Folake Olowofoyeku On The Endometriosis Surgery That Greatly Improved Her Quality Of Life - Exclusive

In 2019, Folake Olowofoyeku began playing nurse Abishola on CBS' "Bob Hearts Abishola." That same year, Olowofoyeku, the patient, was diagnosed with endometriosis after a long, traumatic struggle with severe pain that affected her daily life. Making matters worse, she, like her character, grew up in Nigeria, where medical treatment is far behind that of America. 

"My hope," said Olowofoyeku in an exclusive interview with Health Digest, "is to be able to organize a team who can go back to Nigeria and help women who are dealing with this, considering especially how dire things are in areas of pain management back home. As much as I can do here in America and anywhere in the world, that's what I'm aiming for."

The actor has been open about her condition and her work with the Endometriosis Foundation of America, founded by her surgeon, Dr. Tamer Seckin, a leading endometriosis specialist who has treated other high-profile patients including Amy Schumer. According to Dr. Seckin, the organization "has given more than $1 million toward research and plans to continue making significant contributions in the next two to three years."

Despite these efforts, endometriosis research has far to go. "Researchers are not necessarily aligned with the facts about endometriosis, which has created a serious divide within the endometriosis community," the doctor told Health Digest in an email interview. "It is critical that researchers look at younger patients, under 22, prone to developing deep endometriosis. We need to look at what can be done to stop it from growing and improve their quality of life."

Folake Olowofoyeku is one of over 190 million people globally with endometriosis. Olowofoyeku and Dr. Seckin opened up about the surgery that greatly improved her life; how endometriosis can be effectively diagnosed, treated, and managed; and more.

Endometriosis symptoms and misconceptions

The path to endometriosis diagnosis can be full of obstacles because it's a misunderstood condition. "Researchers are not necessarily aligned with the facts about endometriosis, which has created a serious divide within the endometriosis community," explained Dr. Tamer Seckin. "We have researchers still trying to discover the most proximate cause of the disease ... to the point where we can have a non-invasive diagnostic tool for definitive diagnosis. Yet, many researchers have the wrong assumption of what endometriosis is and have never seen an endometriosis surgery and the pathology."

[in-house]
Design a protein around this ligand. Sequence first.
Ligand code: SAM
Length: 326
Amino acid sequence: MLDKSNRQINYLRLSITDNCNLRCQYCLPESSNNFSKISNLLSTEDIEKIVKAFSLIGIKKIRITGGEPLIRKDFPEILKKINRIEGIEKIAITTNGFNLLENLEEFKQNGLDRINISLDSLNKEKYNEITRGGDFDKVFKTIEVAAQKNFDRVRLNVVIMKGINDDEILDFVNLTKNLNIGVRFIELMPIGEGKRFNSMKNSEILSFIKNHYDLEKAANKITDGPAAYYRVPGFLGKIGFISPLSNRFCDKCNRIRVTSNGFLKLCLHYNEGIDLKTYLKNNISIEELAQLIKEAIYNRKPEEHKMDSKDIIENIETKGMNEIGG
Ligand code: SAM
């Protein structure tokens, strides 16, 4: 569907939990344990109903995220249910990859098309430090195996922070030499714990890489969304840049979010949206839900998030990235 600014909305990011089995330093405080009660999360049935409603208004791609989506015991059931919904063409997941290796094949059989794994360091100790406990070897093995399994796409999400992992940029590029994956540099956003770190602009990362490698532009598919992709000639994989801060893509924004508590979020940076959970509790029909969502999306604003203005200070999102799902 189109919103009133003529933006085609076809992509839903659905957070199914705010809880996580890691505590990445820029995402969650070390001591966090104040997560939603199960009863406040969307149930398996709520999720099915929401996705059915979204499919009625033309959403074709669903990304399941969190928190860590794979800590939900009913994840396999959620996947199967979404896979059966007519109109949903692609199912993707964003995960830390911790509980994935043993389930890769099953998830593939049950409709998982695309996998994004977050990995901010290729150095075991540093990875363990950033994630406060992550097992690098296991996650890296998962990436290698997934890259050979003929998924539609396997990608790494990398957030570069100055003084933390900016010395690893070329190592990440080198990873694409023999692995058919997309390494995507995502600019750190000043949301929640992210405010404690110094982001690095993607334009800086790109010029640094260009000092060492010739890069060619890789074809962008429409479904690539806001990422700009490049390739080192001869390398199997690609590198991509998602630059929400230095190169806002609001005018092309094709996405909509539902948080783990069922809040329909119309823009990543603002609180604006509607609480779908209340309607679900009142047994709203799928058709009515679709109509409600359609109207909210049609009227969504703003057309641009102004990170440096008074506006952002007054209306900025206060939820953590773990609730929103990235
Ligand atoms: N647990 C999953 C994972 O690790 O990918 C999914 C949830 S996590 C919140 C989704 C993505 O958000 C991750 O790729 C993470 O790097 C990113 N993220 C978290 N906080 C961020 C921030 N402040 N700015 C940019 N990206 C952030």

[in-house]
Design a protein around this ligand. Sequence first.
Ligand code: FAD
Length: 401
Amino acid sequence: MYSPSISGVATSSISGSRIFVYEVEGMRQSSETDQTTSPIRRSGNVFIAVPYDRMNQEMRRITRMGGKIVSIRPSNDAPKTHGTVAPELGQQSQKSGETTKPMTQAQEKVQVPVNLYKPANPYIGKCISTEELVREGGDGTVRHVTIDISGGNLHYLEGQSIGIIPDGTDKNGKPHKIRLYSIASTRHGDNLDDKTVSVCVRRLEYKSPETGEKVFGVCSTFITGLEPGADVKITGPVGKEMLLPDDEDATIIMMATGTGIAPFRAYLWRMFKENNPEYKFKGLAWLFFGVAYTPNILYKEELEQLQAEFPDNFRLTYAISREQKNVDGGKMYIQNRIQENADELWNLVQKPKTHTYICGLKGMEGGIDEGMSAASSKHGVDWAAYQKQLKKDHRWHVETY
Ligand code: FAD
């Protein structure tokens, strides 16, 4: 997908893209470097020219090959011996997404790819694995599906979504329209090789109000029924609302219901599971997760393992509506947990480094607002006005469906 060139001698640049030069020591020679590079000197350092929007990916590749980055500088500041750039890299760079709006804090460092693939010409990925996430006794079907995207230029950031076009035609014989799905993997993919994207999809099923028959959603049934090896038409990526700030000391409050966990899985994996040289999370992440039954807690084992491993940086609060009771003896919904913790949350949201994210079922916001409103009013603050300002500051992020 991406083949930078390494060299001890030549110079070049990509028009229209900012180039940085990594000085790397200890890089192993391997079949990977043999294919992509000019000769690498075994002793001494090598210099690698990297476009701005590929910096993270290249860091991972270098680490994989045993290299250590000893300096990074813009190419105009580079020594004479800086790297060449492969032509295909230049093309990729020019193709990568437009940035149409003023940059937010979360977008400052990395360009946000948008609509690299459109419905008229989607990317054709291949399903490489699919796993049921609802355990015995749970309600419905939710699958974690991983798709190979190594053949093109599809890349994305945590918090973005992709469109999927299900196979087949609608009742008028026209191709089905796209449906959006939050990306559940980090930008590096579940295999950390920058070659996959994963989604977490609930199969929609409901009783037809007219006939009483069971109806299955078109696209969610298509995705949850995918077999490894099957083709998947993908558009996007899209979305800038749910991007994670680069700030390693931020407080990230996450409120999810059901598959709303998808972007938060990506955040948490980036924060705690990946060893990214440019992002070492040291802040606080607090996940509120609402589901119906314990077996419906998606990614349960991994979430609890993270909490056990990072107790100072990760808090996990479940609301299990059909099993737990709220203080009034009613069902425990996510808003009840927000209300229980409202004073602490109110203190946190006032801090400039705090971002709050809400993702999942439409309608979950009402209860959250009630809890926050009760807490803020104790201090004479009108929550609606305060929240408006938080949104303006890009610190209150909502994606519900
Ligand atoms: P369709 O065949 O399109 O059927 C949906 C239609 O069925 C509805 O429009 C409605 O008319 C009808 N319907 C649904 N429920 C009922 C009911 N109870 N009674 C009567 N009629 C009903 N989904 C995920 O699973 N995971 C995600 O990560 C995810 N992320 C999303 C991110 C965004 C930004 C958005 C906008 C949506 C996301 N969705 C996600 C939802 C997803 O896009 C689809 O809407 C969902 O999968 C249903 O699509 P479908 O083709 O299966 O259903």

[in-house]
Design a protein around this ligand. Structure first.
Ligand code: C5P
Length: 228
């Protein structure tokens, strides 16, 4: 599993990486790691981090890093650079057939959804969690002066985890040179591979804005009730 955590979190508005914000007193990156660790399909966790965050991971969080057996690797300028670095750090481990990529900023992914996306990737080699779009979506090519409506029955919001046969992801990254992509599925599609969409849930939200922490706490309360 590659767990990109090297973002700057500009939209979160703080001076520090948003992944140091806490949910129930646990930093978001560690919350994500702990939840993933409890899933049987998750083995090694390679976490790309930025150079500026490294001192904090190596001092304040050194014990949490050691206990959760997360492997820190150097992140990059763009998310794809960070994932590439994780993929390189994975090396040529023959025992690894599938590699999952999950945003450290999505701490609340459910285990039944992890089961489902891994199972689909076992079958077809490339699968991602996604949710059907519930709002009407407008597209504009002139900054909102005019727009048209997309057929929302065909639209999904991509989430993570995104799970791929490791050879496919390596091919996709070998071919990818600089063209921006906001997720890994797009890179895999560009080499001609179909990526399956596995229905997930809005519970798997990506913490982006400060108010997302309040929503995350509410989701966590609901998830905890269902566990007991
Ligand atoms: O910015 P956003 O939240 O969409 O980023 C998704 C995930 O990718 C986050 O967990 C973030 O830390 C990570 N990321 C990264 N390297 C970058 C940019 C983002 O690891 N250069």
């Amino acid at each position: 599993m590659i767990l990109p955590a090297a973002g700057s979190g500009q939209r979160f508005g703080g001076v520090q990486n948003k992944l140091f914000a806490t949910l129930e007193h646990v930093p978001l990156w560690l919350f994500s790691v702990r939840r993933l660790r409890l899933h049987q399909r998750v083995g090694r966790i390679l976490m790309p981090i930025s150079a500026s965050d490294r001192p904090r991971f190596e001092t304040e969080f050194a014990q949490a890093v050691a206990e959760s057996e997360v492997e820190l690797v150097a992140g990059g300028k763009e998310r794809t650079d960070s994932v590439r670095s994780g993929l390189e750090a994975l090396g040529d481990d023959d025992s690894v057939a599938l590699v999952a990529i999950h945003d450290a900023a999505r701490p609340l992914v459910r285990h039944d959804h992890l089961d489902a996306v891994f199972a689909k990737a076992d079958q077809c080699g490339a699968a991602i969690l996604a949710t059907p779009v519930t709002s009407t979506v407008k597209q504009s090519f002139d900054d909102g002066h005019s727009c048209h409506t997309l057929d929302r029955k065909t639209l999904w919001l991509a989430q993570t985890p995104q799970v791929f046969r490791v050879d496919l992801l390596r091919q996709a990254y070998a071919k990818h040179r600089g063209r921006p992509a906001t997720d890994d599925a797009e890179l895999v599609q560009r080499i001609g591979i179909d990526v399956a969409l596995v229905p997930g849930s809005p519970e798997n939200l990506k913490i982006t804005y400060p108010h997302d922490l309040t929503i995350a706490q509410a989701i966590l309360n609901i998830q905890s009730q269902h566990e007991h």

As Seckin said, the biggest misconception is "that it's normal to have a painful period, no matter what degree of pain. If it's more than a tolerable one, it's easy to jump to other diagnoses. This results in the disease going undiagnosed for years, sometimes a decade or more. A woman should not have pain simply because she is a woman." 

In Olowofoyeku's case, she would experience "excruciating pain" during her period. "I think slowly as it got worse each month, it became obvious there was something wrong," she said.

According to the doctor, "Any time a symptom occurs around a woman's period, endometriosis has to be considered as a possible cause." The "cardinal symptoms," he said, include "severe pain and killer cramps that go beyond one or two days that put a woman on the floor, cause depression, affect her personal relationships, or force her to miss school, work, social activities, or sports" — all which Olowofoyeku had experienced.

Pain, said Dr. Seckin, gets "progressively worse" during sex and ovulation. Other symptoms may include leg pain, sciatic pain, and gastrointestinal discomfort. Endometriosis may also be present without obvious symptoms apart from infertility, something known as silent endometriosis, he added.

Her path to diagnosis, surgical treatment, and post-surgical management

In 2019, Folake Olowofoyeku learned she had endometriosis after being misdiagnosed with adenomyosis in 2009. Following her endometriosis diagnosis, Olowofoyeku underwent surgery which showed the doctor the full extent of the disease. However, feeling he lacked the skills to go further, he advised her to find someone who could.

A member of her PR team referred her to Dr. Tamer Seckin, and, in May 2022, the actor underwent laparoscopic excision surgery — considered the "gold standard" for endometriosis surgical removal where lesions are cut out from the root. After a couple of months, she said, she made a full recovery, no longer experiences severe pain, and can live a normal life.

Olowofoyeku and others can best manage their condition post-treatment through "awareness and education," he said. "If a woman knows she has endometriosis, her continuous attention to her lifestyle and what works for her will be her best asset. The key after surgery, whether you are trying to stop pain or help with fertility, is to keep inflammation down."

This, he said, can be achieved using anti-inflammatory medications or, as he recommends, avoiding meat products with synthetic hormones and eating a mainly plant-based diet that helps regulate bowel function. He also suggests regular exercise, hormone monitoring, and twice-annual sonograms. Endometriosis specialists, including a dietician and acupuncturist, can also help.

As for Olowofoyeku, "I'm happy to say that's all behind me and hopefully forever," she said. "It's at this point that I have started implementing the holistic remedies to keep it at bay forever."

New episodes of "Bob Hearts Abishola" air Tuesday nights on CBS at 8:30 p.m. ET. Visit the Endometriosis Foundation of America website to learn more and get involved.